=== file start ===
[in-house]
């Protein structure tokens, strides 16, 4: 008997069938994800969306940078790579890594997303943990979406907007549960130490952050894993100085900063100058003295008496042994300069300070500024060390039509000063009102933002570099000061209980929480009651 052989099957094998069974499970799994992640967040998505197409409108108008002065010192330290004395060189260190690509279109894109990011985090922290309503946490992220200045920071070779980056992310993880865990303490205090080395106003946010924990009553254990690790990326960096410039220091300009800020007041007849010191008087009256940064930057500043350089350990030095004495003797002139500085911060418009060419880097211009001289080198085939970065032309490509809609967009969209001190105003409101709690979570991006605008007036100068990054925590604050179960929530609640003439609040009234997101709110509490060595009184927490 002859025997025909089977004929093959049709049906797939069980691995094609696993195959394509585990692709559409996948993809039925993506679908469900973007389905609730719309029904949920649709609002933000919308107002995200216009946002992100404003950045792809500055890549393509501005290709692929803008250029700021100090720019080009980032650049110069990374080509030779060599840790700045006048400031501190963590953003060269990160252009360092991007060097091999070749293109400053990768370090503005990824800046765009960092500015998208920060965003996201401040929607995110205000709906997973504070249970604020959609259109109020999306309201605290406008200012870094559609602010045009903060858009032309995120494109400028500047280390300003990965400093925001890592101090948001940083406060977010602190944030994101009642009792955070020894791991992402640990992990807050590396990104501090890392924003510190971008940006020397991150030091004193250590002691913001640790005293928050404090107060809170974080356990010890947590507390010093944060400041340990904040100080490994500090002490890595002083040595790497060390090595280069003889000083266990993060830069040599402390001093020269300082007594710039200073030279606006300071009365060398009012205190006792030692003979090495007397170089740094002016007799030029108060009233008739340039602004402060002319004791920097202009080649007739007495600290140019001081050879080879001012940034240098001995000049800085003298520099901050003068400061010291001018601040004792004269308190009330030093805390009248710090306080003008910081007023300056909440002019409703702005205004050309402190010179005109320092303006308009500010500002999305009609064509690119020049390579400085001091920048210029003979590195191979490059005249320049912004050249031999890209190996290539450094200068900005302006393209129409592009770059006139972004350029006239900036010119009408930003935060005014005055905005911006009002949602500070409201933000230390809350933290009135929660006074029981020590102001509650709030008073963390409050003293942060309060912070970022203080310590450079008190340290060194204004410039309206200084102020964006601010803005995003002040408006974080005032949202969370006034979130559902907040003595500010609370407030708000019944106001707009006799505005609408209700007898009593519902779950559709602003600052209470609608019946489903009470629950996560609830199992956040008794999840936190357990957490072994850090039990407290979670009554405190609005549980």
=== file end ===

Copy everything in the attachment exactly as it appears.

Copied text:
[in-house]
């Protein structure tokens, strides 16, 4: 008997069938994800969306940078790579890594997303943990979406907007549960130490952050894993100085900063100058003295008496042994300069300070500024060390039509000063009102933002570099000061209980929480009651 052989099957094998069974499970799994992640967040998505197409409108108008002065010192330290004395060189260190690509279109894109990011985090922290309503946490992220200045920071070779980056992310993880865990303490205090080395106003946010924990009553254990690790990326960096410039220091300009800020007041007849010191008087009256940064930057500043350089350990030095004495003797002139500085911060418009060419880097211009001289080198085939970065032309490509809609967009969209001190105003409101709690979570991006605008007036100068990054925590604050179960929530609640003439609040009234997101709110509490060595009184927490 002859025997025909089977004929093959049709049906797939069980691995094609696993195959394509585990692709559409996948993809039925993506679908469900973007389905609730719309029904949920649709609002933000919308107002995200216009946002992100404003950045792809500055890549393509501005290709692929803008250029700021100090720019080009980032650049110069990374080509030779060599840790700045006048400031501190963590953003060269990160252009360092991007060097091999070749293109400053990768370090503005990824800046765009960092500015998208920060965003996201401040929607995110205000709906997973504070249970604020959609259109109020999306309201605290406008200012870094559609602010045009903060858009032309995120494109400028500047280390300003990965400093925001890592101090948001940083406060977010602190944030994101009642009792955070020894791991992402640990992990807050590396990104501090890392924003510190971008940006020397991150030091004193250590002691913001640790005293928050404090107060809170974080356990010890947590507390010093944060400041340990904040100080490994500090002490890595002083040595790497060390090595280069003889000083266990993060830069040599402390001093020269300082007594710039200073030279606006300071009365060398009012205190006792030692003979090495007397170089740094002016007799030029108060009233008739340039602004402060002319004791920097202009080649007739007495600290140019001081050879080879001012940034240098001995000049800085003298520099901050003068400061010291001018601040004792004269308190009330030093805390009248710090306080003008910081007023300056909440002019409703702005205004050309402190010179005109320092303006308009500010500002999305009609064509690119020049390579400085001091920048210029003979590195191979490059005249320049912004050249031999890209190996290539450094200068900005302006393209129409592009770059006139972004350029006239900036010119009408930003935060005014005055905005911006009002949602500070409201933000230390809350933290009135929660006074029981020590102001509650709030008073963390409050003293942060309060912070970022203080310590450079008190340290060194204004410039309206200084102020964006601010803005995003002040408006974080005032949202969370006034979130559902907040003595500010609370407030708000019944106001707009006799505005609408209700007898009593519902779950559709602003600052209470609608019946489903009470629950996560609830199992956040008794999840936190357990957490072994850090039990407290979670009554405190609005549980």